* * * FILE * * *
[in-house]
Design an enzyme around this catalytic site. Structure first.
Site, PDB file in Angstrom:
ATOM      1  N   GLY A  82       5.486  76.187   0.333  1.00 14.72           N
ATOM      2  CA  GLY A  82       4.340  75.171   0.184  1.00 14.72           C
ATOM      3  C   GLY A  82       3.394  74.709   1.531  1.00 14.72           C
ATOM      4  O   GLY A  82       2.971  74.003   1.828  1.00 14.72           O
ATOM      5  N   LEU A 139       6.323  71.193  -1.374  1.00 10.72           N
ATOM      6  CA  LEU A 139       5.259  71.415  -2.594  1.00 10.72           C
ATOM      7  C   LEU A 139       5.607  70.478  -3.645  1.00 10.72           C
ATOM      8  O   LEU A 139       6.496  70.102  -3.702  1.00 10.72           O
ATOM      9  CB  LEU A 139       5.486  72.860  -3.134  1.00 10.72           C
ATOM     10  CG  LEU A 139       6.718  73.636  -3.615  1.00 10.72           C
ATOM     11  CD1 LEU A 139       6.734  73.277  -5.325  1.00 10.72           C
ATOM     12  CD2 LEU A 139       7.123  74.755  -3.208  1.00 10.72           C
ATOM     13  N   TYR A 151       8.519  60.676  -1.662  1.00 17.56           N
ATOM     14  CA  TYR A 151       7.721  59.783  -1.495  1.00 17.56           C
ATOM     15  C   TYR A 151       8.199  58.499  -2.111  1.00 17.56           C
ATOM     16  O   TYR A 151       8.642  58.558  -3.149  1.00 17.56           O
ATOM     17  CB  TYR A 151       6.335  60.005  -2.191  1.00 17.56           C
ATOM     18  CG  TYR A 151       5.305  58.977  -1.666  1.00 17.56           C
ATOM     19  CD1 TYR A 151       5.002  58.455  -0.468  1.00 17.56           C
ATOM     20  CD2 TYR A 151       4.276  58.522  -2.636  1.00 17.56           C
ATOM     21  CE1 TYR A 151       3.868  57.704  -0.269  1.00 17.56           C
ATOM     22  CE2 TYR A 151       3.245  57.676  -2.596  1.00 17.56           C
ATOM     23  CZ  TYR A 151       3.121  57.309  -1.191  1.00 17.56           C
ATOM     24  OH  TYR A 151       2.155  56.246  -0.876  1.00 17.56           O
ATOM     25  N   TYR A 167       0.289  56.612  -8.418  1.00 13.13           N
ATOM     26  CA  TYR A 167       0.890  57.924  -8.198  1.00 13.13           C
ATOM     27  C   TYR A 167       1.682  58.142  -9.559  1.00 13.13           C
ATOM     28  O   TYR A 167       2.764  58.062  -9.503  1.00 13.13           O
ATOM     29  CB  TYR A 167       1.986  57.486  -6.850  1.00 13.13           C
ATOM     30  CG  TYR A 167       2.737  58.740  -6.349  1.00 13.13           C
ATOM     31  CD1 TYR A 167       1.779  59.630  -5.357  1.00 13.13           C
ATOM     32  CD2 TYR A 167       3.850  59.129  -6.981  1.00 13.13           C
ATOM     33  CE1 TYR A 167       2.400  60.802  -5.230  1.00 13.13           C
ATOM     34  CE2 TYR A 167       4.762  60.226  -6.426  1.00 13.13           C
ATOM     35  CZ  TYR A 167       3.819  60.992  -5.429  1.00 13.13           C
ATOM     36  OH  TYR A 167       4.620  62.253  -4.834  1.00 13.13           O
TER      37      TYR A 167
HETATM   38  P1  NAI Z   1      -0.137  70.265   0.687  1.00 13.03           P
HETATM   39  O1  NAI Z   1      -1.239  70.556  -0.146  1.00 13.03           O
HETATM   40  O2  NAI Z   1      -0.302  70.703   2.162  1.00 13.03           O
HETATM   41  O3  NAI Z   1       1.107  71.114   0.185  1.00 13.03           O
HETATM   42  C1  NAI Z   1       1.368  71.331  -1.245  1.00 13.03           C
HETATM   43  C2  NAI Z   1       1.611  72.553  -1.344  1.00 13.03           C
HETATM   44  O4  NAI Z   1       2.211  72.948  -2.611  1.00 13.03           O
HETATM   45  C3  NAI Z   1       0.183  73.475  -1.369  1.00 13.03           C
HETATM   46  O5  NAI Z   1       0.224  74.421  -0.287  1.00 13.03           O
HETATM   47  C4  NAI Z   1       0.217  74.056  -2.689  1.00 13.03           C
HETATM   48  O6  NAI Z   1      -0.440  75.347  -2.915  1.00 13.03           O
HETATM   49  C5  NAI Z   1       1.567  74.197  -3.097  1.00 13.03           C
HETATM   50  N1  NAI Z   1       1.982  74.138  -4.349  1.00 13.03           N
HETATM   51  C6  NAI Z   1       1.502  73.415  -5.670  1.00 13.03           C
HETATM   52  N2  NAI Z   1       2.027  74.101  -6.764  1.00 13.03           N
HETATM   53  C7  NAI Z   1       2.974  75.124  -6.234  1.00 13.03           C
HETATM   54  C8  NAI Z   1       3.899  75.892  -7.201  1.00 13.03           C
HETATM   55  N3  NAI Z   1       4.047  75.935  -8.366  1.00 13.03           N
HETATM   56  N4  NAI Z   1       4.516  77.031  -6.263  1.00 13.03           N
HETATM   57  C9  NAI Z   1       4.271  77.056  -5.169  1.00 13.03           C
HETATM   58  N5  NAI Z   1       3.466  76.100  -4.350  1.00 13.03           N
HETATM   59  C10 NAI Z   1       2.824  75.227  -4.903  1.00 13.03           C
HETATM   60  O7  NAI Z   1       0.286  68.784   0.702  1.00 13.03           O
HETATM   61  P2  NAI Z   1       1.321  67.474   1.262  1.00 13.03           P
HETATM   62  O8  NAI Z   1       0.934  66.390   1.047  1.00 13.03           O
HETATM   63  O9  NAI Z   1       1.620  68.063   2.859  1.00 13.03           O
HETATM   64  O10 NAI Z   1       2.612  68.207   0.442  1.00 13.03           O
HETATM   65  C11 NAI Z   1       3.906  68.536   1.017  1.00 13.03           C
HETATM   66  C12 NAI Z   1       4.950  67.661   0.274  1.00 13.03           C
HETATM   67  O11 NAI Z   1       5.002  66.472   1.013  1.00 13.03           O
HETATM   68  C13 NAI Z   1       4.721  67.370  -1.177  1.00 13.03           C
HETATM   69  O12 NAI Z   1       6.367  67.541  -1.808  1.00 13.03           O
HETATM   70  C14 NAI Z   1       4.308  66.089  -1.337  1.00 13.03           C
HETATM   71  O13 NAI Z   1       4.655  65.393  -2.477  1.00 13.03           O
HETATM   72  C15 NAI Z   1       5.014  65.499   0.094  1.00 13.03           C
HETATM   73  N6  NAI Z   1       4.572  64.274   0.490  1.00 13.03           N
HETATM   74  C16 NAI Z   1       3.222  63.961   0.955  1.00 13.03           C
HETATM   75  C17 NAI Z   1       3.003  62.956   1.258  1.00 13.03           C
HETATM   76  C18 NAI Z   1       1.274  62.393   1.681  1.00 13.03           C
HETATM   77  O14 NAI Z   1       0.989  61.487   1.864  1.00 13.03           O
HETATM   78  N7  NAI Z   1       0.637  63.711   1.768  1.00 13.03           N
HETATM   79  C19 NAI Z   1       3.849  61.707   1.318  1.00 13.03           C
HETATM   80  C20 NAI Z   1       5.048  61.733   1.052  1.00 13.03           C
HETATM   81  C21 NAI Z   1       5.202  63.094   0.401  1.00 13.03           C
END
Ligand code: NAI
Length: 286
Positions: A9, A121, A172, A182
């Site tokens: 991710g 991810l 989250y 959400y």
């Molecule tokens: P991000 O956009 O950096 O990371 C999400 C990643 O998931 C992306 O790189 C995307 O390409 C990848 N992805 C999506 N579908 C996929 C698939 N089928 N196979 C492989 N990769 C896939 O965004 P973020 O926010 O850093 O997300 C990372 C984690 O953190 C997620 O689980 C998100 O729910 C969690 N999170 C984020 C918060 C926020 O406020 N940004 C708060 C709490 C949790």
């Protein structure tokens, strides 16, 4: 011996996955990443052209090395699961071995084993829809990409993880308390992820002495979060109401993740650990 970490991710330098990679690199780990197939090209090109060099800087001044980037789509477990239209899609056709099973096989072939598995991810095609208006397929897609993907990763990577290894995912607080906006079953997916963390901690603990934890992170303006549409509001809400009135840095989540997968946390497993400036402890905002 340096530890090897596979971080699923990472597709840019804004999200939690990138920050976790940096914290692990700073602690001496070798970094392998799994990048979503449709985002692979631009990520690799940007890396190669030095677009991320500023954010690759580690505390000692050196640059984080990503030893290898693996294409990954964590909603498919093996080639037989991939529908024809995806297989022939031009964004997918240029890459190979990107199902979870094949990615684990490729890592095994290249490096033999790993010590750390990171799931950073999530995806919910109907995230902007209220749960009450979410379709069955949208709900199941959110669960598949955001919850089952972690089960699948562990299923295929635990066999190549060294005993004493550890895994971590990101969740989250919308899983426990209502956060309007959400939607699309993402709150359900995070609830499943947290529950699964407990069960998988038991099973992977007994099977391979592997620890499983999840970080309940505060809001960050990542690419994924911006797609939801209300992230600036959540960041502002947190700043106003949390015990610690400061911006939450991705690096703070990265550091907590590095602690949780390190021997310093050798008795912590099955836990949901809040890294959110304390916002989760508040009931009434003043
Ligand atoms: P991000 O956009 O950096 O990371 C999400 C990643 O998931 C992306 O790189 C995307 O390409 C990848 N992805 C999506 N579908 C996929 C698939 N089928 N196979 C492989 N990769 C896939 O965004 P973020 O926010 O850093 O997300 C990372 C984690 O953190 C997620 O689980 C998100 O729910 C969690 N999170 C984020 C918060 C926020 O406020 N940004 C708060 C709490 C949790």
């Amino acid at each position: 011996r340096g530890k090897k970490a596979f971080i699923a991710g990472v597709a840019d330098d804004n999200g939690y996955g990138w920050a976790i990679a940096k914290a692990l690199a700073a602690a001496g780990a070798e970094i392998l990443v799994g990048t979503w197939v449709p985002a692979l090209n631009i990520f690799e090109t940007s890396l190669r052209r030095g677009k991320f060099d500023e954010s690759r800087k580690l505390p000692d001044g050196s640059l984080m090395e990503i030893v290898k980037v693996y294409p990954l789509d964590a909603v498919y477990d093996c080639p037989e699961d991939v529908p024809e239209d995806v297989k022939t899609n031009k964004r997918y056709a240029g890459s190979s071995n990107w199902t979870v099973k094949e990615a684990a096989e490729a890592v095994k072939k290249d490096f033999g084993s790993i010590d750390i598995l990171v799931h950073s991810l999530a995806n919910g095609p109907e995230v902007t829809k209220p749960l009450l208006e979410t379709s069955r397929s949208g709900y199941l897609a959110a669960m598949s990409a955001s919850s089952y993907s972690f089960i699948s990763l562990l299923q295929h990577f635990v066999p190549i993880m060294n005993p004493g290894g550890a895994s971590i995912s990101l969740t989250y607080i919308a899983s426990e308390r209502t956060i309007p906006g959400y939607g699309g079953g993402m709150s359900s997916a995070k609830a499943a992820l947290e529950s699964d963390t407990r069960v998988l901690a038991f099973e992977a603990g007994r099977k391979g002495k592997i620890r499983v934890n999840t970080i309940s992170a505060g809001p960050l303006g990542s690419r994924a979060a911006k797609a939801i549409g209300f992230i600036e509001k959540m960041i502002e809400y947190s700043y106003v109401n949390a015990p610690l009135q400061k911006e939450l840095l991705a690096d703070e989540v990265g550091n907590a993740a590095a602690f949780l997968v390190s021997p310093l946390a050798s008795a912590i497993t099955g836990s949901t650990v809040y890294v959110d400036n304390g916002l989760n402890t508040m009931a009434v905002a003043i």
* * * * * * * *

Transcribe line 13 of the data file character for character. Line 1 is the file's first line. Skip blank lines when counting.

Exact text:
ATOM     10  CG  LEU A 139       6.718  73.636  -3.615  1.00 10.72           C